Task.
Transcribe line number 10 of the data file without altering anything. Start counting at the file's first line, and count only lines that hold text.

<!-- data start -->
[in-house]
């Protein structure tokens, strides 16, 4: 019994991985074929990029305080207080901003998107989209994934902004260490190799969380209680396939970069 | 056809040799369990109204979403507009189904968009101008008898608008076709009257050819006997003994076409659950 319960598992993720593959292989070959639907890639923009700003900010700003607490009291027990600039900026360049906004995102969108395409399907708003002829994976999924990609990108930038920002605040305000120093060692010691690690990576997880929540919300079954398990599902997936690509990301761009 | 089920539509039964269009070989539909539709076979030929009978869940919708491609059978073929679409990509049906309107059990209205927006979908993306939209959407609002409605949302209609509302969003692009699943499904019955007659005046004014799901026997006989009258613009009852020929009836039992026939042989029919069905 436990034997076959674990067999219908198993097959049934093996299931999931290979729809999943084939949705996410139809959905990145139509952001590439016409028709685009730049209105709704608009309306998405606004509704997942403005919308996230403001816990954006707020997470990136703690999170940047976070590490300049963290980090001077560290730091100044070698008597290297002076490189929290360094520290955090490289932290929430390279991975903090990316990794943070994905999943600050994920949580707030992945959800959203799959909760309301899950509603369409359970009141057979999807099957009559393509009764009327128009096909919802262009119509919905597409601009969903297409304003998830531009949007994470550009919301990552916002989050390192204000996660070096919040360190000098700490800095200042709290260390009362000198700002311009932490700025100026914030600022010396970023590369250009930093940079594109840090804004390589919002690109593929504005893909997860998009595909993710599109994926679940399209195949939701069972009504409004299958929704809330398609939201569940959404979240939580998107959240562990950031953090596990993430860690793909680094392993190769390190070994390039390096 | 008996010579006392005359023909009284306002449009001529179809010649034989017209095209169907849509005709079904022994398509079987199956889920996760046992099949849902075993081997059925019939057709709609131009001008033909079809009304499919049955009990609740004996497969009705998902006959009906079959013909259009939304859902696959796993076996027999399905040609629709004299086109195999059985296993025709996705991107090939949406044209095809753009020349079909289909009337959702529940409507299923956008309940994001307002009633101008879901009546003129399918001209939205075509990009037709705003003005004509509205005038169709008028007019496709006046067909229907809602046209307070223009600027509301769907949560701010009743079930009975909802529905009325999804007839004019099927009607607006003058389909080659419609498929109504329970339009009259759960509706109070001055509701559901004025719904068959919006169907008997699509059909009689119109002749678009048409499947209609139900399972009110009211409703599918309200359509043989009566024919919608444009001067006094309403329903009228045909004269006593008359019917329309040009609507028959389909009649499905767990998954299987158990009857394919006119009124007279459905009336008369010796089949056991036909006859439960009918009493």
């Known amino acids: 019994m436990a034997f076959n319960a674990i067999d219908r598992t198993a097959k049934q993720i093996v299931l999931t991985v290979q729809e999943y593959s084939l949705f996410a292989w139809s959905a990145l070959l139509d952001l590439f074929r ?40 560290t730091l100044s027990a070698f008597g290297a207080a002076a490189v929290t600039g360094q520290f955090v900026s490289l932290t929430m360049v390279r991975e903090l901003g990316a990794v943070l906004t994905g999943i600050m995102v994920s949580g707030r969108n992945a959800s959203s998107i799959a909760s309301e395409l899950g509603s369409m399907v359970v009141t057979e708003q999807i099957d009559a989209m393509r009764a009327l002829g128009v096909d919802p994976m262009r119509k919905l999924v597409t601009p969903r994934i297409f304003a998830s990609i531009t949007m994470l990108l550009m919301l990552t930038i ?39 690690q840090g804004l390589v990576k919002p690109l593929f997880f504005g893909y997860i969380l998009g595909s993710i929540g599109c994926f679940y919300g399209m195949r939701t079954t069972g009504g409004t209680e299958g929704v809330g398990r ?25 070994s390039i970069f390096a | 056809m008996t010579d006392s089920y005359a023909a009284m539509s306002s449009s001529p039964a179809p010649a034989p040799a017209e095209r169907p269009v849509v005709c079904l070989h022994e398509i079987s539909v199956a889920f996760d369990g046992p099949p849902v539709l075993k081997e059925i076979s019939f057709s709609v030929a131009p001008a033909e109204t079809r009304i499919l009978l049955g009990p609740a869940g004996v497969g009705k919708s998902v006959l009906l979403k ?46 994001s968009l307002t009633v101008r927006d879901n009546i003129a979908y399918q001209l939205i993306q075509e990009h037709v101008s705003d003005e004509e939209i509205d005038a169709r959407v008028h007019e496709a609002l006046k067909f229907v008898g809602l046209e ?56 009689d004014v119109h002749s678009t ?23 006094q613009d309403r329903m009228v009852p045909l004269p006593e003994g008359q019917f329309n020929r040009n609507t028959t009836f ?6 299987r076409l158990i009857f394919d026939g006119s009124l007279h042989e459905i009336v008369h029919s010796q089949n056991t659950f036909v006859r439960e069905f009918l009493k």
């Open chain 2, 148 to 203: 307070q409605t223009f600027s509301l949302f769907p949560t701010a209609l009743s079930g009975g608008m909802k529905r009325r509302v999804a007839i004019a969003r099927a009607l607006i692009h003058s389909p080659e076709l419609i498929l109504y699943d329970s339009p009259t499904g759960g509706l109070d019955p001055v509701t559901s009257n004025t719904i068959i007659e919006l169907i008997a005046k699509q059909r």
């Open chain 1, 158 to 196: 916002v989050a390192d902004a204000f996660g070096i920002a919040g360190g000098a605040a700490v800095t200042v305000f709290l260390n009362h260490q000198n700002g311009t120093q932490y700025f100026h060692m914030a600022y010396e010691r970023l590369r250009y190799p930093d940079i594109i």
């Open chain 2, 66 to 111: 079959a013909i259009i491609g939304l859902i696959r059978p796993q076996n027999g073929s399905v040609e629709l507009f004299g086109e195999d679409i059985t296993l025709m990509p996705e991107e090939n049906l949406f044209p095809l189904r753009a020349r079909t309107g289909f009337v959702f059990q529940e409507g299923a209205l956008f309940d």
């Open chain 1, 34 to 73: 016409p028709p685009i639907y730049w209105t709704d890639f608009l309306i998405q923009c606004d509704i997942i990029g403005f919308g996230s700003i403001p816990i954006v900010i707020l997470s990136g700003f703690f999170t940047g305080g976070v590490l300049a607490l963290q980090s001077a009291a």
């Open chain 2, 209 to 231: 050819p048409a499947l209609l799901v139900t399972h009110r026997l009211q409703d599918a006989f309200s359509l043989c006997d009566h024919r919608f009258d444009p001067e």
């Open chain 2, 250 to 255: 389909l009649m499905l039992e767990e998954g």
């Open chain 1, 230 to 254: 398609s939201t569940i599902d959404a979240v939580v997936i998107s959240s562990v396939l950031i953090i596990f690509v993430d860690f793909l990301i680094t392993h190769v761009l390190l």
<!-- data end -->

């Open chain 1, 230 to 254: 398609s939201t569940i599902d959404a979240v939580v997936i998107s959240s562990v396939l950031i953090i596990f690509v993430d860690f793909l990301i680094t392993h190769v761009l390190l």